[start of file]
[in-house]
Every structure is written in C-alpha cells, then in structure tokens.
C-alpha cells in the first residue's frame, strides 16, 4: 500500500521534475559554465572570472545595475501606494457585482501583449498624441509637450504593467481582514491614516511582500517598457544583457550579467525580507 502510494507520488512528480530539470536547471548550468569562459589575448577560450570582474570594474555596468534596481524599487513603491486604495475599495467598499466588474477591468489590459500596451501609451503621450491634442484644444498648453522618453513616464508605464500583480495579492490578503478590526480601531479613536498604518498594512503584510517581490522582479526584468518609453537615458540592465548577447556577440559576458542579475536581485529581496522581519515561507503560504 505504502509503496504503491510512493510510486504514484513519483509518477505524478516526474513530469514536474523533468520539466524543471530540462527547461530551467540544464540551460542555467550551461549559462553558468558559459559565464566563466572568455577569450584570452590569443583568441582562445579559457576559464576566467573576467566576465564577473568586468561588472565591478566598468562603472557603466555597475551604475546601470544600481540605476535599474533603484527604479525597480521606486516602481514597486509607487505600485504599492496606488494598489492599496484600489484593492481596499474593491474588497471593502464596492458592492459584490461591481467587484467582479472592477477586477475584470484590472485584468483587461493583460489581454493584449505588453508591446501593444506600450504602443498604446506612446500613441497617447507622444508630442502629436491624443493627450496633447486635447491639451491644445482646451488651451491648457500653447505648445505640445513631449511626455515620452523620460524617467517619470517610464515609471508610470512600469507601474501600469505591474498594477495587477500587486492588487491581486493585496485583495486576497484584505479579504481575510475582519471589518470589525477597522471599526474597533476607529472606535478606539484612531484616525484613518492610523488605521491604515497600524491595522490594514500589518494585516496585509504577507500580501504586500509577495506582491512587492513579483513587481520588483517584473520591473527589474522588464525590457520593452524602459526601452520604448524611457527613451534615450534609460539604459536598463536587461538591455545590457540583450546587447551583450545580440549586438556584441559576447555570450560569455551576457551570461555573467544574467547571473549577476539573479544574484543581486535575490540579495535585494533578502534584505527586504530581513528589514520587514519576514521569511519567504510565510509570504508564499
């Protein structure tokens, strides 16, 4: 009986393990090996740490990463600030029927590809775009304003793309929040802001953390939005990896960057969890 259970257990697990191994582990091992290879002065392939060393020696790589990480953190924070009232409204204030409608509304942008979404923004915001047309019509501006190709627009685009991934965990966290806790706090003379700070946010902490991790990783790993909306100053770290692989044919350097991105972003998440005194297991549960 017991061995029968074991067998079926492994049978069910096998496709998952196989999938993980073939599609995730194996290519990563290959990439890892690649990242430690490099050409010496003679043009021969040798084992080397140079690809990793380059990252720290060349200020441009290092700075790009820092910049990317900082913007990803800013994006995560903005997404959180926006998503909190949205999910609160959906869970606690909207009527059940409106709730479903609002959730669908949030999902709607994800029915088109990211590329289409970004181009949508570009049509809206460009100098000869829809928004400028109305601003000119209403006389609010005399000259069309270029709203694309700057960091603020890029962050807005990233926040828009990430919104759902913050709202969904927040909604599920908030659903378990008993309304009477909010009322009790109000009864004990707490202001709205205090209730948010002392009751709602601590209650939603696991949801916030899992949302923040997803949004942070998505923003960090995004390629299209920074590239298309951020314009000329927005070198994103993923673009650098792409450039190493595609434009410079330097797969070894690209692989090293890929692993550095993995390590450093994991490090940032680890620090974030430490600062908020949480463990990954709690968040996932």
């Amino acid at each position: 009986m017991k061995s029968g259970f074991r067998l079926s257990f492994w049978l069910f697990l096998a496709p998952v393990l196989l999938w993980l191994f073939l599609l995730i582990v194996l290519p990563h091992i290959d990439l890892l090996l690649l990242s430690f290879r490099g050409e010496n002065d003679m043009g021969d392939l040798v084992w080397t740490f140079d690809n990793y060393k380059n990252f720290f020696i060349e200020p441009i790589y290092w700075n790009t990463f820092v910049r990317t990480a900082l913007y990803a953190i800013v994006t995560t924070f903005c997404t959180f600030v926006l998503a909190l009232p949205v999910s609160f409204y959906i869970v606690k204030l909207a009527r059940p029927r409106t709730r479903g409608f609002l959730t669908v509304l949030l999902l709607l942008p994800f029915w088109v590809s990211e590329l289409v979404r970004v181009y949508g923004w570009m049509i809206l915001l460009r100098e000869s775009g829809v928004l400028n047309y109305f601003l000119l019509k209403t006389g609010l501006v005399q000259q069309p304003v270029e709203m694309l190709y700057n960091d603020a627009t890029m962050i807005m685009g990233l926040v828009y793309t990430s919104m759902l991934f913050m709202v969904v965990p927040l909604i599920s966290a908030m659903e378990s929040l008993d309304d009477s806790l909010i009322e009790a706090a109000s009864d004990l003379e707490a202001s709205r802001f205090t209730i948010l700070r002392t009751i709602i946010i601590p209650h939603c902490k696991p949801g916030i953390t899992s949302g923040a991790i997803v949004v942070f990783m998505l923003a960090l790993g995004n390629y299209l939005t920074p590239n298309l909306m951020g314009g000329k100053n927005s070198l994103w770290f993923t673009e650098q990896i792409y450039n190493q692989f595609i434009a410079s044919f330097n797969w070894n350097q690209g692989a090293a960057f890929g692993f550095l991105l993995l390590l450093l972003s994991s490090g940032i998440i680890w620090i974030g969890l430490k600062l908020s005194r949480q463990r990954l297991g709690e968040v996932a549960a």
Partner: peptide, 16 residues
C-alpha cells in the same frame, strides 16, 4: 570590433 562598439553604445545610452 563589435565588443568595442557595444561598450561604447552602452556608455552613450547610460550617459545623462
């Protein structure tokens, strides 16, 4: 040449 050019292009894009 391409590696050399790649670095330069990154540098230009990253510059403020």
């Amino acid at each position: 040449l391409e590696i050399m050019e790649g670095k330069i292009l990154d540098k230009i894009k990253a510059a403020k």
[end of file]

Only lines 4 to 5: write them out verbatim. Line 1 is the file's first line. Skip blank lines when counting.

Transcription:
């Protein structure tokens, strides 16, 4: 009986393990090996740490990463600030029927590809775009304003793309929040802001953390939005990896960057969890 259970257990697990191994582990091992290879002065392939060393020696790589990480953190924070009232409204204030409608509304942008979404923004915001047309019509501006190709627009685009991934965990966290806790706090003379700070946010902490991790990783790993909306100053770290692989044919350097991105972003998440005194297991549960 017991061995029968074991067998079926492994049978069910096998496709998952196989999938993980073939599609995730194996290519990563290959990439890892690649990242430690490099050409010496003679043009021969040798084992080397140079690809990793380059990252720290060349200020441009290092700075790009820092910049990317900082913007990803800013994006995560903005997404959180926006998503909190949205999910609160959906869970606690909207009527059940409106709730479903609002959730669908949030999902709607994800029915088109990211590329289409970004181009949508570009049509809206460009100098000869829809928004400028109305601003000119209403006389609010005399000259069309270029709203694309700057960091603020890029962050807005990233926040828009990430919104759902913050709202969904927040909604599920908030659903378990008993309304009477909010009322009790109000009864004990707490202001709205205090209730948010002392009751709602601590209650939603696991949801916030899992949302923040997803949004942070998505923003960090995004390629299209920074590239298309951020314009000329927005070198994103993923673009650098792409450039190493595609434009410079330097797969070894690209692989090293890929692993550095993995390590450093994991490090940032680890620090974030430490600062908020949480463990990954709690968040996932």
């Amino acid at each position: 009986m017991k061995s029968g259970f074991r067998l079926s257990f492994w049978l069910f697990l096998a496709p998952v393990l196989l999938w993980l191994f073939l599609l995730i582990v194996l290519p990563h091992i290959d990439l890892l090996l690649l990242s430690f290879r490099g050409e010496n002065d003679m043009g021969d392939l040798v084992w080397t740490f140079d690809n990793y060393k380059n990252f720290f020696i060349e200020p441009i790589y290092w700075n790009t990463f820092v910049r990317t990480a900082l913007y990803a953190i800013v994006t995560t924070f903005c997404t959180f600030v926006l998503a909190l009232p949205v999910s609160f409204y959906i869970v606690k204030l909207a009527r059940p029927r409106t709730r479903g409608f609002l959730t669908v509304l949030l999902l709607l942008p994800f029915w088109v590809s990211e590329l289409v979404r970004v181009y949508g923004w570009m049509i809206l915001l460009r100098e000869s775009g829809v928004l400028n047309y109305f601003l000119l019509k209403t006389g609010l501006v005399q000259q069309p304003v270029e709203m694309l190709y700057n960091d603020a627009t890029m962050i807005m685009g990233l926040v828009y793309t990430s919104m759902l991934f913050m709202v969904v965990p927040l909604i599920s966290a908030m659903e378990s929040l008993d309304d009477s806790l909010i009322e009790a706090a109000s009864d004990l003379e707490a202001s709205r802001f205090t209730i948010l700070r002392t009751i709602i946010i601590p209650h939603c902490k696991p949801g916030i953390t899992s949302g923040a991790i997803v949004v942070f990783m998505l923003a960090l790993g995004n390629y299209l939005t920074p590239n298309l909306m951020g314009g000329k100053n927005s070198l994103w770290f993923t673009e650098q990896i792409y450039n190493q692989f595609i434009a410079s044919f330097n797969w070894n350097q690209g692989a090293a960057f890929g692993f550095l991105l993995l390590l450093l972003s994991s490090g940032i998440i680890w620090i974030g969890l430490k600062l908020s005194r949480q463990r990954l297991g709690e968040v996932a549960a």